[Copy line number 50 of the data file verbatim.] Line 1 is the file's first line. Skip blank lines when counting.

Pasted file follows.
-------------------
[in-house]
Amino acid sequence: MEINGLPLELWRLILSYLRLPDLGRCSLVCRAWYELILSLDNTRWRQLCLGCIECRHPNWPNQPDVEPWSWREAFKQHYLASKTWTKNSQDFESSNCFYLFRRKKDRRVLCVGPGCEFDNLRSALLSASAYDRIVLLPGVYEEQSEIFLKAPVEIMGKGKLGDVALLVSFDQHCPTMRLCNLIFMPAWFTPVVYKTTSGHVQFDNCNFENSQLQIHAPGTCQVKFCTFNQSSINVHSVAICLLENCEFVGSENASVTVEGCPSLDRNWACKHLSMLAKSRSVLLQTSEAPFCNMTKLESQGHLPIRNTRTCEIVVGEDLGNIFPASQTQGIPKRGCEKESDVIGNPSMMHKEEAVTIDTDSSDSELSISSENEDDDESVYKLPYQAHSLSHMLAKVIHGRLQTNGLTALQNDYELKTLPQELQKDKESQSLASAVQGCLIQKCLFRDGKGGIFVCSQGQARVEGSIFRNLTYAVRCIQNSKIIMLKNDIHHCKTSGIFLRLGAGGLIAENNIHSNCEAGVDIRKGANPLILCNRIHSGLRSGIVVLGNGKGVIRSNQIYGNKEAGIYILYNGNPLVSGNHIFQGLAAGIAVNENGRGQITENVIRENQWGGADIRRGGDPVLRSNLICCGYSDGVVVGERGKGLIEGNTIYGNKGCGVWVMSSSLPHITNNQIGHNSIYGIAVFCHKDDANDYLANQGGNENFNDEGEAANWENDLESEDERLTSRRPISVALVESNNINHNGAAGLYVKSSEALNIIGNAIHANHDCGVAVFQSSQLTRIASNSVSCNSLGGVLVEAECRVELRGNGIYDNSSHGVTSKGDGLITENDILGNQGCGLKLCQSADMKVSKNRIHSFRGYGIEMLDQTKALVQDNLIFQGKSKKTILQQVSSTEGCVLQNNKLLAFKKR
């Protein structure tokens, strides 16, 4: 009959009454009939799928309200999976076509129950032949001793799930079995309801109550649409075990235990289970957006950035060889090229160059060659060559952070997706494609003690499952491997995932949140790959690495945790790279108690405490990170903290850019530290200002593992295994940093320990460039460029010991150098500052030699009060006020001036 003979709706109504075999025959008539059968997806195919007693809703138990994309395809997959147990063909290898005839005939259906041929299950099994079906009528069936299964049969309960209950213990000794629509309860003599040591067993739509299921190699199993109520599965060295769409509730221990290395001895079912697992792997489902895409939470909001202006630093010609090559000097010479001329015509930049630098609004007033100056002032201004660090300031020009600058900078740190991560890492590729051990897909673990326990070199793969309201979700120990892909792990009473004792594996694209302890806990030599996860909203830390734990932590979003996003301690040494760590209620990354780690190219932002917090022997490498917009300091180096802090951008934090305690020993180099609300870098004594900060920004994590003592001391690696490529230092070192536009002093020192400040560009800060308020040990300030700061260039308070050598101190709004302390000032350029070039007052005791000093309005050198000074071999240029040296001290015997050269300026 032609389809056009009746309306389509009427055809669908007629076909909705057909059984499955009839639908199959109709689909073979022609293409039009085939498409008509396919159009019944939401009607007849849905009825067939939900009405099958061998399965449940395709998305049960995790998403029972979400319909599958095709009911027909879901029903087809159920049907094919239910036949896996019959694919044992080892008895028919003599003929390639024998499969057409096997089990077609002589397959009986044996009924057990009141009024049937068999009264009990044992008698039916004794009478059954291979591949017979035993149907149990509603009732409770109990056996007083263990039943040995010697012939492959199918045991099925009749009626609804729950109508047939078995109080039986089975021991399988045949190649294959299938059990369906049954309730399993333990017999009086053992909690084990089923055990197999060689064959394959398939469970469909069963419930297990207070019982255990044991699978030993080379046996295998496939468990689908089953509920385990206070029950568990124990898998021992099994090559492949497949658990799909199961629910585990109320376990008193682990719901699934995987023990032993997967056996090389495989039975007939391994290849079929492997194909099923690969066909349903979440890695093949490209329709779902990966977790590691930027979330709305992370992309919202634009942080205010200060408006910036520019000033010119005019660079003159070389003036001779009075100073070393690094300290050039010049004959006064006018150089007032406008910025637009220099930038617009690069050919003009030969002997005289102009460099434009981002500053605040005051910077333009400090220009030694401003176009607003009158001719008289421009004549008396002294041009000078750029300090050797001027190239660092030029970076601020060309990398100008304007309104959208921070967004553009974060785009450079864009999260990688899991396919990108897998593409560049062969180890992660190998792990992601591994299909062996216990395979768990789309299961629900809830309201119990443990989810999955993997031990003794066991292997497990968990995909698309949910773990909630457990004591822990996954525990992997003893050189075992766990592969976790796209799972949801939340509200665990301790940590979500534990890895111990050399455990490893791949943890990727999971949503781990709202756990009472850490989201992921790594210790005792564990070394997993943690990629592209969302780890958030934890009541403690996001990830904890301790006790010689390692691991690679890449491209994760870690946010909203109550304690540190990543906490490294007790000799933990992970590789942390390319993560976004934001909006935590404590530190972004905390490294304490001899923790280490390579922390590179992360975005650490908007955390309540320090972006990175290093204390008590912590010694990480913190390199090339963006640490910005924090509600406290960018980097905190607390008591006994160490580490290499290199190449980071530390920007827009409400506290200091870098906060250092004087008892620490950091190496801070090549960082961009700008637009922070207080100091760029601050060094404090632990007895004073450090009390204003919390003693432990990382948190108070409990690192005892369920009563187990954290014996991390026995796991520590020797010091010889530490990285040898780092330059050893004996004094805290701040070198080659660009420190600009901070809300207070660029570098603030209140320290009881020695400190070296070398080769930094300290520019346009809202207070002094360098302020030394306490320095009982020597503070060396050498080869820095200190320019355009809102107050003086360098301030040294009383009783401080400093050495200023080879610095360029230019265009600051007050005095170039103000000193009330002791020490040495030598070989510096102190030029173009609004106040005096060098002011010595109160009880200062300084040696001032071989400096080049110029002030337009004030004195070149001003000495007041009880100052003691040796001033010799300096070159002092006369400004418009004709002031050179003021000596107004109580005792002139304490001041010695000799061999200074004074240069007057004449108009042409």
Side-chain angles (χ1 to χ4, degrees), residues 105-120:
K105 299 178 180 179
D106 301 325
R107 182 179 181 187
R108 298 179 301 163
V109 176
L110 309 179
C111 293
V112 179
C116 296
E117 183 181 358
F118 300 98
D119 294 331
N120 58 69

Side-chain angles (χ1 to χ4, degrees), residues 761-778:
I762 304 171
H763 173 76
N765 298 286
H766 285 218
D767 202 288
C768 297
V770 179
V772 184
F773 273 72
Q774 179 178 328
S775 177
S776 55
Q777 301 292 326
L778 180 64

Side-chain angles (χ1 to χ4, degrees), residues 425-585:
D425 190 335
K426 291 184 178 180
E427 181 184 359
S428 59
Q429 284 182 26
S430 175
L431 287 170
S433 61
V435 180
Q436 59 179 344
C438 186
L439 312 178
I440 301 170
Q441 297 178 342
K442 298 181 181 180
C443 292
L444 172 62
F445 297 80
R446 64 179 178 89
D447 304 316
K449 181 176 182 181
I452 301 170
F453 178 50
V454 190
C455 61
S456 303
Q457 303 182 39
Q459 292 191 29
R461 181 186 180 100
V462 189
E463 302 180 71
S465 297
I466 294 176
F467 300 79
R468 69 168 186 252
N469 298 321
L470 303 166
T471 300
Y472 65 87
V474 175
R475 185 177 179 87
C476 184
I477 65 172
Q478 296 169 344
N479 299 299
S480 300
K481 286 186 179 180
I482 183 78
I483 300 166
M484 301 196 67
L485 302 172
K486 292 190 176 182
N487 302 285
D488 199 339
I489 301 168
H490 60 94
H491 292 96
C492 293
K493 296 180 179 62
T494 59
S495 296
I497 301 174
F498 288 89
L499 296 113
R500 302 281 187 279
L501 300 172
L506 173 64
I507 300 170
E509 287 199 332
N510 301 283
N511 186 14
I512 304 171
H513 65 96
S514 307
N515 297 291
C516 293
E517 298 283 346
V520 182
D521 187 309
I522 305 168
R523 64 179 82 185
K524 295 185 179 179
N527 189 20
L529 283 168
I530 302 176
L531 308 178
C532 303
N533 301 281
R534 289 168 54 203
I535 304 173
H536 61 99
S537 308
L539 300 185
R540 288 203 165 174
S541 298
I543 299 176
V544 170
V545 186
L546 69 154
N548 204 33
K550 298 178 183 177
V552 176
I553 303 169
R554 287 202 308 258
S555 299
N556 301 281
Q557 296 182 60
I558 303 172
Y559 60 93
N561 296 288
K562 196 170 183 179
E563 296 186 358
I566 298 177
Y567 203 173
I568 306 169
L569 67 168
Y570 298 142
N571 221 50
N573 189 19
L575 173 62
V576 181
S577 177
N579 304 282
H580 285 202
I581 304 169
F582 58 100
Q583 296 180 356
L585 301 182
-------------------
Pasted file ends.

L444 172 62